17. September 2021 4 min read
Kubernetes and Traefik v2 forward traffic to external IP
In my internal network I have couple of devices that I would love to expose to internet. However as we all know those devices are not the most secure, so providing added layer of security via Kubernetes and Traefik v2 seemed like easiest and best idea. Traefik already obtains Letsencrypt certificates for the domains and is also able to forward traffic to addresses external to your Kubernetes cluster.
Prepare Traefik and Letsencrypt
Although I have written about this section in past posts, for completeness here is the creation of the certificate which uses letsencrypt-prod as issuer (read the official certmanager docs how to setup Issuer).
apiVersion: cert-manager.io/v1alpha2 kind: Certificate metadata: name: example-cert namespace: example spec: commonName: example.the-mori.com secretName: example-the-mori-cert dnsNames: - example.the-mori.com issuerRef: name: letsencrypt-prod kind: ClusterIssuer
After you applied above certificate it is time to create a service, which is going to connect your outside-cluster server to the Kubernetes and Traefik. Important change is to adjust the ExternalName IP and ports.targetPort value to match the IP and port on which your outside-cluster server is on and listening. There are quite few ways to find the IP of the server in an internal network, but in most cases, it is in 192.168.X.X ranges (depending on your subnet mask).
kind: Service apiVersion: v1 metadata: labels: k8s-app: outside-server-example name: outside-server-example namespace: example spec: type: ExternalName ports: - name: outside-server-example port: 80 targetPort: 80 externalName: 192.168.0.196 selector: app.kubernetes.io/instance: traefik app.kubernetes.io/name: traefik
Connect Traefik and Service with IngressRoute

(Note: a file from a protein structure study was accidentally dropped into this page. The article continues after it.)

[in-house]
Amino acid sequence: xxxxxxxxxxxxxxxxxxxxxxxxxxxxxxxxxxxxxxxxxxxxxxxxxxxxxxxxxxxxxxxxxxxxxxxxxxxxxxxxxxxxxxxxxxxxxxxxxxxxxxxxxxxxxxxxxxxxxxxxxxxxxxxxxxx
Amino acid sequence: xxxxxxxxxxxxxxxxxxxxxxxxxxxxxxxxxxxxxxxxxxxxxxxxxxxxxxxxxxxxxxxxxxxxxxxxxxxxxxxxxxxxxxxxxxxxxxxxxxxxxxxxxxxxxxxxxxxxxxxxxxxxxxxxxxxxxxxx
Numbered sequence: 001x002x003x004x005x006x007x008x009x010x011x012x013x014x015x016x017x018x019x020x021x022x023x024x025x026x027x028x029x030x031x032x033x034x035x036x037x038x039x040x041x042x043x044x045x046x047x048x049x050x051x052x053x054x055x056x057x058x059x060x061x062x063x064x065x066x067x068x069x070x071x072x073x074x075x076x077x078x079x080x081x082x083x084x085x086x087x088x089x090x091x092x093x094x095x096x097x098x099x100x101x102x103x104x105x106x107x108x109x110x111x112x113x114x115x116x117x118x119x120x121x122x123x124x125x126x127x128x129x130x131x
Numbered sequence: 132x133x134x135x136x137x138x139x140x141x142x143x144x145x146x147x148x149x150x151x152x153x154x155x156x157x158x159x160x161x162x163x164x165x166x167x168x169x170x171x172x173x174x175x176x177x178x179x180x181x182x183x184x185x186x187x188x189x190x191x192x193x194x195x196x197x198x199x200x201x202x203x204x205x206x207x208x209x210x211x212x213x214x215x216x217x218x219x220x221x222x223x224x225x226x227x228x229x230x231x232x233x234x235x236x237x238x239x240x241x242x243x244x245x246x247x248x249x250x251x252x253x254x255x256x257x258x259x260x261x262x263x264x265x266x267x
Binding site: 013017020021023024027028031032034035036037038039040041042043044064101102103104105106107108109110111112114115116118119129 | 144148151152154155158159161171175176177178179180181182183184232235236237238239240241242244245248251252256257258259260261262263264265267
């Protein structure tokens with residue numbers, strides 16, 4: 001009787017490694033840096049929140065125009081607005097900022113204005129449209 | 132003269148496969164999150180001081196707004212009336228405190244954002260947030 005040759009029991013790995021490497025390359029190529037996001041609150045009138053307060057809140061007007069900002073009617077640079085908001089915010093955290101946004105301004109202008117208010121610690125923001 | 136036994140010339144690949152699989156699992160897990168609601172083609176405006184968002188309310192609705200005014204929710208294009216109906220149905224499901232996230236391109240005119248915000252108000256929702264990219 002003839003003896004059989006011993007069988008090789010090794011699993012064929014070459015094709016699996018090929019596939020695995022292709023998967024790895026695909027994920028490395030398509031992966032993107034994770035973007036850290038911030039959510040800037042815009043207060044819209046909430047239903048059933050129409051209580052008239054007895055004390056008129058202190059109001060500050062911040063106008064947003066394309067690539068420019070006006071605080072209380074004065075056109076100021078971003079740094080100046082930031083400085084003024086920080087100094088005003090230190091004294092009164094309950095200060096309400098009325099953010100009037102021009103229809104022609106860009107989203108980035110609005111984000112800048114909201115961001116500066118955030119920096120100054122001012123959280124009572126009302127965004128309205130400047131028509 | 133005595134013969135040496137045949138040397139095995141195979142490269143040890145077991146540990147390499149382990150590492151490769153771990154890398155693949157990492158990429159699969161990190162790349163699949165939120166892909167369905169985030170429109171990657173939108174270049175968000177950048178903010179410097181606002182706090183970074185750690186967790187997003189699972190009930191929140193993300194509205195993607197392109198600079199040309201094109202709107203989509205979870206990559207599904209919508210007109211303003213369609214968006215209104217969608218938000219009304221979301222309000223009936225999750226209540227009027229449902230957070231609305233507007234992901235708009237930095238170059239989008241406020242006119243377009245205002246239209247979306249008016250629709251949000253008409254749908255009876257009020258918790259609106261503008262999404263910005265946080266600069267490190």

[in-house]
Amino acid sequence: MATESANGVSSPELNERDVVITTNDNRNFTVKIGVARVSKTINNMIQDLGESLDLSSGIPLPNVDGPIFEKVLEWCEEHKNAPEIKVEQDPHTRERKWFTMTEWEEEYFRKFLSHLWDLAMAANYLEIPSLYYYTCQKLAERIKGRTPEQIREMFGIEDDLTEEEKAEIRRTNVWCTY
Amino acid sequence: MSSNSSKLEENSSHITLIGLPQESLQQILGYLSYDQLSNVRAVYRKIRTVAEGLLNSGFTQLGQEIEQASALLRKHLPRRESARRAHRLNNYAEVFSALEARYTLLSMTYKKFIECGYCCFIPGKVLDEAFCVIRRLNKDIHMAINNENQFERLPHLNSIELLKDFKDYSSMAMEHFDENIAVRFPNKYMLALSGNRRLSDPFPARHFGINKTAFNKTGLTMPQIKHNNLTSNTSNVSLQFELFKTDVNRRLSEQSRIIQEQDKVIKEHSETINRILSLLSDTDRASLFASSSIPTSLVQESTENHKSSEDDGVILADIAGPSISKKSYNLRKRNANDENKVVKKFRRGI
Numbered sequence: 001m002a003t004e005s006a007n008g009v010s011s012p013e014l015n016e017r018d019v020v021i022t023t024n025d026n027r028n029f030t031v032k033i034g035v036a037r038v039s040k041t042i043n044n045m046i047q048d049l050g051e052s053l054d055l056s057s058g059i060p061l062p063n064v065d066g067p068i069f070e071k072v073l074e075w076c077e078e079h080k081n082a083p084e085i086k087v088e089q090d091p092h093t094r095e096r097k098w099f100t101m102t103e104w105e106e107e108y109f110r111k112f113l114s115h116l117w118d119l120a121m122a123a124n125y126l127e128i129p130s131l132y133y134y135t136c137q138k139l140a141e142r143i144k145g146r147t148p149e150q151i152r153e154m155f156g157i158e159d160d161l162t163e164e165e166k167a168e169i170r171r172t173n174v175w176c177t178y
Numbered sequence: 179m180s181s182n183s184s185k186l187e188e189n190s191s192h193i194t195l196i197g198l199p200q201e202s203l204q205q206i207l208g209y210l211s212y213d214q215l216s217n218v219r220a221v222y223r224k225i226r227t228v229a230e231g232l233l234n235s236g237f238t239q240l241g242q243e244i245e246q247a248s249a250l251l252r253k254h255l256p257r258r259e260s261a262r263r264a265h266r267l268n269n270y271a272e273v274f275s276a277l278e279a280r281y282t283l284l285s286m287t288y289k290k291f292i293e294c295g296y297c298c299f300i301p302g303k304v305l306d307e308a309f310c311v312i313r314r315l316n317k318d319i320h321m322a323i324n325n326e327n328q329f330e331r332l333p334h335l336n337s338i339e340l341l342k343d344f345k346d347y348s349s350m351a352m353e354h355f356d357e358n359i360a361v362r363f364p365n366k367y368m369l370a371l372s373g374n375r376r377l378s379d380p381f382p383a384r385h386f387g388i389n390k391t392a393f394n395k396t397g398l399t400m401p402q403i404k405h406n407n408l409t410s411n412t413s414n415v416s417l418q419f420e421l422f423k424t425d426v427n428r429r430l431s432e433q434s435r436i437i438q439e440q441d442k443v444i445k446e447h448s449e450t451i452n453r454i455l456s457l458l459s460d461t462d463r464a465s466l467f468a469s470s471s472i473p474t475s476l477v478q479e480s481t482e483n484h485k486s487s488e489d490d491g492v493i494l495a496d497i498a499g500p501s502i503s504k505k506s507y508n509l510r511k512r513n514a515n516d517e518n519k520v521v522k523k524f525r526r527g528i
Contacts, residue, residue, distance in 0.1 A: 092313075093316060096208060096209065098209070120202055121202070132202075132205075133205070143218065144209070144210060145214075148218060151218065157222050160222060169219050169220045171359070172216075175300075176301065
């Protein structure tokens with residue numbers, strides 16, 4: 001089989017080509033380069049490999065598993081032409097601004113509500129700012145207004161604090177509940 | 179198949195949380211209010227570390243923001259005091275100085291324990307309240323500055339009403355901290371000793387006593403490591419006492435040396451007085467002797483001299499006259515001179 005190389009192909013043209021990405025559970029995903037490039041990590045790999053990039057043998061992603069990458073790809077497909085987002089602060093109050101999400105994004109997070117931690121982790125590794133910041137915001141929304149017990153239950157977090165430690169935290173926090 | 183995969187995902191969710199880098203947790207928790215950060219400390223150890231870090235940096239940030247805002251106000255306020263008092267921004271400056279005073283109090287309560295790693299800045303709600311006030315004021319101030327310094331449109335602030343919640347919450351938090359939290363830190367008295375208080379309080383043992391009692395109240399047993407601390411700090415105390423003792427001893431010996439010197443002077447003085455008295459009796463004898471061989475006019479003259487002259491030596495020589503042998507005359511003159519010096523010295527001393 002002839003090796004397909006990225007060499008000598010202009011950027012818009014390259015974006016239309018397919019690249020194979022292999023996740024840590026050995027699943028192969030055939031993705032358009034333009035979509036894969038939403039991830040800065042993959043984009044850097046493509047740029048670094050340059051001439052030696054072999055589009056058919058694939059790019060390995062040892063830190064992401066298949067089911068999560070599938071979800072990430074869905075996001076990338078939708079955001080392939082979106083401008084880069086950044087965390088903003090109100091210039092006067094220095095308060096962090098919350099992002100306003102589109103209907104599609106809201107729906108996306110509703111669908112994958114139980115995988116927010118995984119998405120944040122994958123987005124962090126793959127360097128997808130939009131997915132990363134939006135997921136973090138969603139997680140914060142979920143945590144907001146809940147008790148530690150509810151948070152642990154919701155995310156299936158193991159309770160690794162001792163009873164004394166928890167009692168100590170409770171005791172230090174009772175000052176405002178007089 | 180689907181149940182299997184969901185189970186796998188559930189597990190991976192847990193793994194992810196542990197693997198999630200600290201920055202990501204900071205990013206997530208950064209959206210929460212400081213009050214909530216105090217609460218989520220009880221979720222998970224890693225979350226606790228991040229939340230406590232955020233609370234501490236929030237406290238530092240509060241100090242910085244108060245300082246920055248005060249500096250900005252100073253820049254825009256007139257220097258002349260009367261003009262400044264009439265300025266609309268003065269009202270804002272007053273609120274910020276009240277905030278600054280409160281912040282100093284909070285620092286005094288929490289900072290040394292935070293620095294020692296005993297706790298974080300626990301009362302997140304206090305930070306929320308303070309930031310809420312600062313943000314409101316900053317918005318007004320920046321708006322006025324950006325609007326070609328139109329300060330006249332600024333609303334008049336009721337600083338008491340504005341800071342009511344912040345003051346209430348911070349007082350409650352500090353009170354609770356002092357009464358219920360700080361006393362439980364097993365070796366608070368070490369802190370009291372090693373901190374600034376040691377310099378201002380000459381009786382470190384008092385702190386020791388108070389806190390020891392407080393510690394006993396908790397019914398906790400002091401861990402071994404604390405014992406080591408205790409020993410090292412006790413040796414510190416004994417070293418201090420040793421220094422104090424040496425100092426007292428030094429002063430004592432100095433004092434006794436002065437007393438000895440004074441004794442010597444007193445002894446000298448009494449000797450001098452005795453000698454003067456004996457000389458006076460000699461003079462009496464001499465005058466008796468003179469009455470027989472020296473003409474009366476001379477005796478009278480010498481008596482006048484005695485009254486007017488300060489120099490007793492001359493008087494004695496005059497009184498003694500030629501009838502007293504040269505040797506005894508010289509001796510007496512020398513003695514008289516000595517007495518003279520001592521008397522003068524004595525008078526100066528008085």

Now everything is setup so that Traefik can connect the Service and external host, while also starting to obtain the certificate. This is done with IngressRoute object where match:Host is simply hostname/domain that you want Traefik to forward messages from and services is the name of service. tls.secretName is the connection to certificate, so that connection can be secured via https. Keep in mind that Host here, has to match proper fields in the Certificate object above.
apiVersion: traefik.containo.us/v1alpha1 kind: IngressRoute metadata: name: outside-server-ingress namespace: example spec: entryPoints: - websecure routes: - match: Host(`example.the-mori.com`) kind: Rule services: - name: outside-server-example kind: Service port: 80 tls: secretName: example-the-mori-cert
It is this easy to use Traefik to forward traffic to a server external to your Kubernetes cluster. A fair warning is that this ideally should be within your local network as the main reason is to provide an additional layer of security and not expose vulnerable devices to the internet.
With Traefik 2.5.x the issue is that (via Helm Chart) you need to enable external services using this two arguments
additionalArguments: - "--providers.kubernetesingress.allowexternalnameservices" - "--providers.kubernetescrd.allowexternalnameservices"
These two arguments were not needed in previous versions of Traefik so make sure it is setup like this.